I ride out of the saddle often on climbs - a habit I carry over from riding my single speed - sometimes just for short efforts rather than dumping gears and other times for sustained periods just because. Either way, I found that there was plenty of support from the air spring and compression circuit for punchy out of the saddle efforts with the shock wide open. Now, when I say punchy I'm referring to getting plenty of support from the shock to feel like I was generating forward momentum for my additional efforts. I'm not making any claims that a 155mm Titan with TriAir and 2.6" tires goes uphill like an XC bike here.
Pedaling across rooted, rocky, terrain the shock is well composed and I find the Titan is very efficient if I just keep the power on and ride the bike - seated or standing. What's interesting about this to me is it's a trait that the bike shared with the stock 2021 Float X2 and the TriAir does it at least equally while also bringing much more playful pop to descending. In that sense, the SR Suntour shock is very similar to examples of the DVO Topaz that I have ridden.
Here again, I would leave the shock in the wide-open setting regardless of the trail type but I can certainly picture bikes I've ridden in the past that don't sit nicely in a sag-pocket where I think I would have been happy to have the trail mode at hand.
It's a DH-rated air shock and this is a 155mm Enduro bike that if anything feels like it has more travel now, so descending is probably the performance factor that most folks would expect to be dialed. I rode the TriAir with the Titan set at both chainstay lengths (452mm and 462mm) with a 29" wheel and with the shorter (452mm) dropouts with my mullet setup. Combined with the Banshee, it's at least as planted and composed as any air shock I've ridden and it compliments the KS-Link very well.
Compared to my own coil shock, I enjoy how much more pop even a semi-meh rider like myself can generate ton the Titan thanks to the frame design. It feels more like a monster truck with the coil, but the performance is still excellent, and the exact ride of the shock is much more adjustable using the air shock. As cliche as it sounds as I channel my Fox ALPS-5 marketing handbook, the TriAir can be tuned to bring a better-than-coil experience to the trail by doing an excellent job of absorbing bumps and maintaining traction while at the same time delivering a fun, fun ride popping off everything.
And that's coming from someone who isn't particularly great at popping off anything. It's enough of a confidence boost that I actually don't have a hard time leaving my rigid single speed at home when I'm going for a pedal and know the trail will be extra chunky or extra jumpy.
I always recommend bracketing settings and getting out on some trails you know to dial in everything. I started off running the TriAir too slow - it's definitely a common issue - and also too soft coming off the Float X2, but now I'm happy with air pressure and rebound settings that works for me for most terrain. In terms of adjusting that air pressure, I'm running right around Banshee's minimum target of 28% sag and settled on that number with both my mullet and 29" rear wheel options. That could change again if I switch to running the higher bottom bracket setting because currently the bike is low-low-low-low.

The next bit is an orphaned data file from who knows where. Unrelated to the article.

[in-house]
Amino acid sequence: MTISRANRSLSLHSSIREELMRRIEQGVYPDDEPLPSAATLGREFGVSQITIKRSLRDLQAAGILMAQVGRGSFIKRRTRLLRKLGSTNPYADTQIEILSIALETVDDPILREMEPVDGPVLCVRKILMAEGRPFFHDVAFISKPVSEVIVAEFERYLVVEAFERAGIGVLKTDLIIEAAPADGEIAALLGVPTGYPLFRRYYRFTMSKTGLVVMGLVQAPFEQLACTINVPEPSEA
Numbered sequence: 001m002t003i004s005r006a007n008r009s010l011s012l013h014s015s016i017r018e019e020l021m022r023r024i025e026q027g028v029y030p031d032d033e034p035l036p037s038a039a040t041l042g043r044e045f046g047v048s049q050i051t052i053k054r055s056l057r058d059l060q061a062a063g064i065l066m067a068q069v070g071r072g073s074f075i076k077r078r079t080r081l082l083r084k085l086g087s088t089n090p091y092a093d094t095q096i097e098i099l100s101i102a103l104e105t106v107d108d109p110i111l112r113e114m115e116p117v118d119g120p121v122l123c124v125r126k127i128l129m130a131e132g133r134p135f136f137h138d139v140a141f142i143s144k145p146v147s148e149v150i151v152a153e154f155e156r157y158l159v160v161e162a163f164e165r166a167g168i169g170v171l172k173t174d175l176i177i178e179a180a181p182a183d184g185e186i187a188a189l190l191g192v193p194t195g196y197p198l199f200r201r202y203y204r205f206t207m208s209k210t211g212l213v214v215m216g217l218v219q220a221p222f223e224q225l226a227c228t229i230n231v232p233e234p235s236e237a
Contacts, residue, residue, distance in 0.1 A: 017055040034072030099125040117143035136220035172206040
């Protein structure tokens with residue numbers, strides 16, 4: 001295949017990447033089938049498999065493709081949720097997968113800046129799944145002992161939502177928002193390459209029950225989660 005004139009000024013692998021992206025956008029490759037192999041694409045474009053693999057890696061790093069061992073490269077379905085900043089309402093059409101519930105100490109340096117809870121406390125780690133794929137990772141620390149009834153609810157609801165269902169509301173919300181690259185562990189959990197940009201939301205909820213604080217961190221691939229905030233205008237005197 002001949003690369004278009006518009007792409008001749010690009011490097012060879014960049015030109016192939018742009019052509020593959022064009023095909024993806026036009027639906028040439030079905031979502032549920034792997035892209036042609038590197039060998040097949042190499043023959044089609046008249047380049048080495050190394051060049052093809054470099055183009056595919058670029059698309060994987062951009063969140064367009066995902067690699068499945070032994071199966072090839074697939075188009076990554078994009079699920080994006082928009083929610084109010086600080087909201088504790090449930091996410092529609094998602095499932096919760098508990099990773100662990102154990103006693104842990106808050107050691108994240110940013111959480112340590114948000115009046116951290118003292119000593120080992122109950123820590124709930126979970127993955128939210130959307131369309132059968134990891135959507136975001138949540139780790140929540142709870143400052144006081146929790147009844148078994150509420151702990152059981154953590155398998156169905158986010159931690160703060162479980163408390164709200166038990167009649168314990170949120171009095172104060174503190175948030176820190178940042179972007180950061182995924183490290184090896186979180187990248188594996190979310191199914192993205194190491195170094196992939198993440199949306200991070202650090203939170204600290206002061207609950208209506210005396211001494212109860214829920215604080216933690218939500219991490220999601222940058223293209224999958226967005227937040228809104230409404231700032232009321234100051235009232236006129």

If you made me pick a best-shock-for-the-money, I would have a hard time not picking Cane Creek's Inline coil shock. I think the performance, weight, price, and longevity are setting a great example for other dampers. The issue is, of course, that the Inline shocks don't come in a Trunnion configuration. For a Trunnion shock talking quality v. performance v. price, I don't think the TriAir can be beaten.
So on that note, SR Suntour! Why don't you make a coil version of this shock?! Pull off the air cans, slap on a steel body with threads, wind on a spring, and voila! Everything I love about the TriAir with a bit more spring and shock weight, less heat generated from less friction, and well, let's be honest, there are reasons so many mountain bikers in the Fromme parking lot are running coil shocks these days regardless of the extra weight. It would probably be necessary to offer a bit firmer open compression setting, but again this is easy thanks to the architecture of their shim stack.
As an aside, if you're replacing a sh*t-kicked air shock with all the anodizing worn off one side of the body and/or shaft I'd recommend going with a coil - that's any coil shock - over an air shock including the TriAir. Your frame is most likely side-loading your shock and you'll significantly improve performance by removing all the friction that is happening at the same time that your shock is eating itself. Your new coil shock may still eat shafts, but these will be much cheaper to replace and cause much less friction.
As with the Durolux EQ fork that I've been running paired with the TriAir, I think it's necessary to look at performance outside of any pricing classification to really judge this unit. I'd put my TriAir shock experience - admittedly only tested on one platform, the Banshee Titan - up against any other air shock I've ridden at any price. Have I ridden every air shock on the market? Heck no. Have I ridden a lot of different examples on a lot of different platforms? That's a yes.
It's a winner on performance. It's a winner on price at 425 USD | 536 CAD. It comes with a great network of aftersale support centers. And yes, some folks will pay any amount extra to get a certain brands' sticker on their new air rear shock but if that isn't you, I don't think you can go wrong with SR Suntour's TriAir.